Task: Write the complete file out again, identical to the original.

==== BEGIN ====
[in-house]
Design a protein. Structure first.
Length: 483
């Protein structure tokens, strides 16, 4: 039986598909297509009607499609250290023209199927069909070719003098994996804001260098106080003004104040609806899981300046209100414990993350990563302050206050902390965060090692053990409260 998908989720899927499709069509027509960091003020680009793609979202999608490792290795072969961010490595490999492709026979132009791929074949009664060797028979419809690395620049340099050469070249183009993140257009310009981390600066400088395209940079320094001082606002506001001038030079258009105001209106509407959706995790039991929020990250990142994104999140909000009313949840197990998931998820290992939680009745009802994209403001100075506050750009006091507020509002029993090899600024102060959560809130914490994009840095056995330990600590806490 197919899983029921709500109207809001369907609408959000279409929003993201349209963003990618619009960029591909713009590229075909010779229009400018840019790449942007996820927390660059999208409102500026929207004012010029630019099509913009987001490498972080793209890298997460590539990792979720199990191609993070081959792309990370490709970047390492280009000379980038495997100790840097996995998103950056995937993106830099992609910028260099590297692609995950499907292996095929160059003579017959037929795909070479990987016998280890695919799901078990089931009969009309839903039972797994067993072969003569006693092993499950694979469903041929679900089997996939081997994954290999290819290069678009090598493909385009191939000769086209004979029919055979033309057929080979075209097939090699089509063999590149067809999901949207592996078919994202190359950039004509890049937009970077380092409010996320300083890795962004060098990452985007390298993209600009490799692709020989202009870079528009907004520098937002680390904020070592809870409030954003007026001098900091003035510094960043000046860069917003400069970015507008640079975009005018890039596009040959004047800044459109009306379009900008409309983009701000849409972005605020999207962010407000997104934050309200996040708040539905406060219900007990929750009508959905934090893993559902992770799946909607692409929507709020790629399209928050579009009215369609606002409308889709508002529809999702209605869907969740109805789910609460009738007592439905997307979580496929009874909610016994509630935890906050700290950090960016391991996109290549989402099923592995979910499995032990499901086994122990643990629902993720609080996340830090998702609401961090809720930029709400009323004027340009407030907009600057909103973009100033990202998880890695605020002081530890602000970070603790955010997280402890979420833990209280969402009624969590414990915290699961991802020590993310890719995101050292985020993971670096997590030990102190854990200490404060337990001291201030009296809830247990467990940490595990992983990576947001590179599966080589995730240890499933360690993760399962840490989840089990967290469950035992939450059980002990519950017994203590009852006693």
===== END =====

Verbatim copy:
[in-house]
Design a protein. Structure first.
Length: 483
């Protein structure tokens, strides 16, 4: 039986598909297509009607499609250290023209199927069909070719003098994996804001260098106080003004104040609806899981300046209100414990993350990563302050206050902390965060090692053990409260 998908989720899927499709069509027509960091003020680009793609979202999608490792290795072969961010490595490999492709026979132009791929074949009664060797028979419809690395620049340099050469070249183009993140257009310009981390600066400088395209940079320094001082606002506001001038030079258009105001209106509407959706995790039991929020990250990142994104999140909000009313949840197990998931998820290992939680009745009802994209403001100075506050750009006091507020509002029993090899600024102060959560809130914490994009840095056995330990600590806490 197919899983029921709500109207809001369907609408959000279409929003993201349209963003990618619009960029591909713009590229075909010779229009400018840019790449942007996820927390660059999208409102500026929207004012010029630019099509913009987001490498972080793209890298997460590539990792979720199990191609993070081959792309990370490709970047390492280009000379980038495997100790840097996995998103950056995937993106830099992609910028260099590297692609995950499907292996095929160059003579017959037929795909070479990987016998280890695919799901078990089931009969009309839903039972797994067993072969003569006693092993499950694979469903041929679900089997996939081997994954290999290819290069678009090598493909385009191939000769086209004979029919055979033309057929080979075209097939090699089509063999590149067809999901949207592996078919994202190359950039004509890049937009970077380092409010996320300083890795962004060098990452985007390298993209600009490799692709020989202009870079528009907004520098937002680390904020070592809870409030954003007026001098900091003035510094960043000046860069917003400069970015507008640079975009005018890039596009040959004047800044459109009306379009900008409309983009701000849409972005605020999207962010407000997104934050309200996040708040539905406060219900007990929750009508959905934090893993559902992770799946909607692409929507709020790629399209928050579009009215369609606002409308889709508002529809999702209605869907969740109805789910609460009738007592439905997307979580496929009874909610016994509630935890906050700290950090960016391991996109290549989402099923592995979910499995032990499901086994122990643990629902993720609080996340830090998702609401961090809720930029709400009323004027340009407030907009600057909103973009100033990202998880890695605020002081530890602000970070603790955010997280402890979420833990209280969402009624969590414990915290699961991802020590993310890719995101050292985020993971670096997590030990102190854990200490404060337990001291201030009296809830247990467990940490595990992983990576947001590179599966080589995730240890499933360690993760399962840490989840089990967290469950035992939450059980002990519950017994203590009852006693």